Fourth-year veteran offensive lineman Adam Goldberg will be the replacement for St. Louis Rams seven-time Pro Bowl left offensive tackle Orlando Pace, who suffered a season-ending torn left triceps in last Sunday's loss to the Seattle Seahawks.
The decision to start Goldberg at the most critical position on any offensive line came after considerable deliberation by the St. Louis staff, which mulled several options. The Rams face the Carolina Panthers, a team with one of the NFL's premier defensive lines, on Sunday.
One alternative was to move second-year right tackle Alex Barron, the Rams' first-round choice in 2005, to the left side, a position he played at Florida State. Another was to move left guard Todd Steussie, who was a starter at left tackle for much of his 13-year career, into Pace's spot.
But the staff decided to stick with Goldberg, who replaced Pace after he was injured last week. Part of the reason was that the Rams want Barron to work against Carolina left end Julius Peppers, who leads the NFL in sacks, with 11.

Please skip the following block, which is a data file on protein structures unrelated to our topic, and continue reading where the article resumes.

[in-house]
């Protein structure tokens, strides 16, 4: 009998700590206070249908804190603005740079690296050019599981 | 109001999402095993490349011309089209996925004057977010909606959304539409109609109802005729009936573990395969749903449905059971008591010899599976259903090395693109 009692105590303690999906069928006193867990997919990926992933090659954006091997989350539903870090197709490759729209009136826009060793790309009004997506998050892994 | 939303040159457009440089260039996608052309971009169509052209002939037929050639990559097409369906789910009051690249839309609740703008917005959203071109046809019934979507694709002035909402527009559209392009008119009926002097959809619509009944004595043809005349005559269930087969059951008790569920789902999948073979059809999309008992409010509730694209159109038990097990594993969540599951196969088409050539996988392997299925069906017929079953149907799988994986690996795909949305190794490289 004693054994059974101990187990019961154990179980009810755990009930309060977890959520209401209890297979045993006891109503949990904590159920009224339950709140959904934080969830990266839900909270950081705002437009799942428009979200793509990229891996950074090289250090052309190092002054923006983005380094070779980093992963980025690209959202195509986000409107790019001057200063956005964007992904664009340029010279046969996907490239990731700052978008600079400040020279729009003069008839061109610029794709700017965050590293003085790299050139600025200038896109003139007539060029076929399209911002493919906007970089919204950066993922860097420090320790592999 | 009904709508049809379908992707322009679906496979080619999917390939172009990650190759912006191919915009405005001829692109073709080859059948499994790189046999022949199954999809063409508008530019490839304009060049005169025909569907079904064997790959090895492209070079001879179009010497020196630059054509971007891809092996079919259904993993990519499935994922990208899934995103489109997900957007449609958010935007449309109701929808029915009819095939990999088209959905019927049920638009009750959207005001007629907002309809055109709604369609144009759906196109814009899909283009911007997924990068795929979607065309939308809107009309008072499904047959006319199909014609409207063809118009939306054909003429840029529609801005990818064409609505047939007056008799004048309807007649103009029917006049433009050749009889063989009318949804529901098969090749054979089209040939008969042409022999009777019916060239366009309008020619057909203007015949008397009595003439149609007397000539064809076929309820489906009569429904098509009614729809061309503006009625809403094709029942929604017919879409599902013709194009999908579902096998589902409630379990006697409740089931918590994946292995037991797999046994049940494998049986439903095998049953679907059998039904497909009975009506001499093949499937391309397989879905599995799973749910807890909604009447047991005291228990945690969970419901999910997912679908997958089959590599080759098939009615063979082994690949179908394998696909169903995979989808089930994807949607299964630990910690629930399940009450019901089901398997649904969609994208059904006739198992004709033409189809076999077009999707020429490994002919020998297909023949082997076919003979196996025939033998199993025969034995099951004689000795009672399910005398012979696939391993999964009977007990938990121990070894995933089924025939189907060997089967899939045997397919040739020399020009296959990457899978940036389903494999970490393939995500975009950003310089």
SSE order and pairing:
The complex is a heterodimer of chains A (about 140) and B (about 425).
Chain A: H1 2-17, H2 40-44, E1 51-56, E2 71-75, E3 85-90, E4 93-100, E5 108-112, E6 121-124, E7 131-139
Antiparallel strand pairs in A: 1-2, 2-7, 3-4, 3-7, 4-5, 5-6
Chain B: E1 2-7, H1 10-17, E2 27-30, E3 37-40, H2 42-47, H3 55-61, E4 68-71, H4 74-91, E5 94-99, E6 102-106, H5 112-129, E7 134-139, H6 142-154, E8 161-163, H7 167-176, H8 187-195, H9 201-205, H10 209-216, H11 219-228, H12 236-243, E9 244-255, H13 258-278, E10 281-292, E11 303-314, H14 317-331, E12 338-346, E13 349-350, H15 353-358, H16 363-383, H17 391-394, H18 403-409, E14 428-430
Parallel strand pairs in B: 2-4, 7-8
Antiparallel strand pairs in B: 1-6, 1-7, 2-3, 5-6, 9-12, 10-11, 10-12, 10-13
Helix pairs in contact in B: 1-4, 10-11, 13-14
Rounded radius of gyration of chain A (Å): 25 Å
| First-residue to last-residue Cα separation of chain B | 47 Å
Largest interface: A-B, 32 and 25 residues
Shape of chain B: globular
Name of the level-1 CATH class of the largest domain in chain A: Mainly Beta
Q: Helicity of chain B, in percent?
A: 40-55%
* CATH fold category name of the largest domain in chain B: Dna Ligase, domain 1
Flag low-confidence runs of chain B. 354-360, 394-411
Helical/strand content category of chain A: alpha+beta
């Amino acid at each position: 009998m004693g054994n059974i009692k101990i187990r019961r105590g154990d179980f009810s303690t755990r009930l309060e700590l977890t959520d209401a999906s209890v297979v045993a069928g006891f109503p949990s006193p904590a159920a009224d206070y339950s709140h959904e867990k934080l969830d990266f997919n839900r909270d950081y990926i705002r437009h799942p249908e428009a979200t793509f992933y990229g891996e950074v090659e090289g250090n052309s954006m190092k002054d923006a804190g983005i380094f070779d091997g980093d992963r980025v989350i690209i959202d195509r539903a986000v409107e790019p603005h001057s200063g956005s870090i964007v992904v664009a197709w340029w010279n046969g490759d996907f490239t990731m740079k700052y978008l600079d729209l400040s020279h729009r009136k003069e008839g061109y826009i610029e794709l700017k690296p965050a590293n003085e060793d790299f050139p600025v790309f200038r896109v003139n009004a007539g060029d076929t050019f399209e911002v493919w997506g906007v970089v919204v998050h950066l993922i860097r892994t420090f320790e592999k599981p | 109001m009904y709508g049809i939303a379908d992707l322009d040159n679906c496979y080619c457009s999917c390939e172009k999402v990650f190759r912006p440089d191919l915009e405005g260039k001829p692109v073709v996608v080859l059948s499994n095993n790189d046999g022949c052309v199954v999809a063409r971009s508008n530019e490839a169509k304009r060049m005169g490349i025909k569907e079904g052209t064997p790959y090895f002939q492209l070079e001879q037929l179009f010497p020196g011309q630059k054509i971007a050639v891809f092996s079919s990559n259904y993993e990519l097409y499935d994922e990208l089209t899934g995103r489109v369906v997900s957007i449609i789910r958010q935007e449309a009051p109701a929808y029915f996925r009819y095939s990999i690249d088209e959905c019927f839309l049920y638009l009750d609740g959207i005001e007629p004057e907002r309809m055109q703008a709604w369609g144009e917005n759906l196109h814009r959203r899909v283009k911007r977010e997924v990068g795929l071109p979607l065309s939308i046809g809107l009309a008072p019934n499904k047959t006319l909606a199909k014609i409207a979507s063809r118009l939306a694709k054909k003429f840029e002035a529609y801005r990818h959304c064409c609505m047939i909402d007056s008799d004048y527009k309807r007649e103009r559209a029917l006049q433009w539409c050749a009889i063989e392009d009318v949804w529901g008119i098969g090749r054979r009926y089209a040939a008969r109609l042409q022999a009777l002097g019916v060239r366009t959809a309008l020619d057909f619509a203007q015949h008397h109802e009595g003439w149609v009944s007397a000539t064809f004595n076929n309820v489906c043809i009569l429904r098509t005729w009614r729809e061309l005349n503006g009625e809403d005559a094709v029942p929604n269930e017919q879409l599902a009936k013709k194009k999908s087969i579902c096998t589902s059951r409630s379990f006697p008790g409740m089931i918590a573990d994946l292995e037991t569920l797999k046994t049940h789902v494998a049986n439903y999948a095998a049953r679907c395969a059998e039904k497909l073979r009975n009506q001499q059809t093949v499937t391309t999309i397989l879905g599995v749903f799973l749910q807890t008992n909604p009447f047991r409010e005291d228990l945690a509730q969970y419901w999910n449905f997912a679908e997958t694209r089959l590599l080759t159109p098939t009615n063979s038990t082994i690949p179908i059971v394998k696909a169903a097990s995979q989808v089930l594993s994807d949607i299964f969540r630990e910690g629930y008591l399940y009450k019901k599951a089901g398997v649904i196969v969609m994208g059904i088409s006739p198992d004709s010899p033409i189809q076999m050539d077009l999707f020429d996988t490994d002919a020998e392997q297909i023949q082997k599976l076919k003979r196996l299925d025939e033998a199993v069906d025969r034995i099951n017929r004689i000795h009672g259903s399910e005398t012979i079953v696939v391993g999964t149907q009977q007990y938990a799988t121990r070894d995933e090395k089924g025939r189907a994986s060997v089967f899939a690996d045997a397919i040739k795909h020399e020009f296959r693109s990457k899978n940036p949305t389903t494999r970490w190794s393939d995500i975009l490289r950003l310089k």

"As we talked it through," head coach Scott Linehan said, "we were more comfortable not changing [the other linemen]. We finished the Seattle game this way, so there's a certain level of comfort there."
No matter who replaced Pace, the assignment figured to be a challenging one, given that he is among the NFL's premier left tackles. The St. Louis game plan, at least in pass protection, likely will provide help for Goldberg is some situations.
The Rams, who statistically rank No. 8 in the league in total offense and who feature more seven-step pass drops than many teams, may align a tight end more to the left side or perhaps assist him by having a running back chip-block on pass-rushers. St. Louis has lost its last four games to slip to 4-5.
Goldberg, 26, has worked sparingly at left tackle in his career. His 19 career starts have come mostly at right tackle, with a few at both guard spots. The former Wyoming star, who began his career with the Vikings, was acquired by St. Louis in a Sept. 2 trade for a seventh-round pick in the 2008 draft.
Len Pasquarelli is a senior writer for ESPN.com.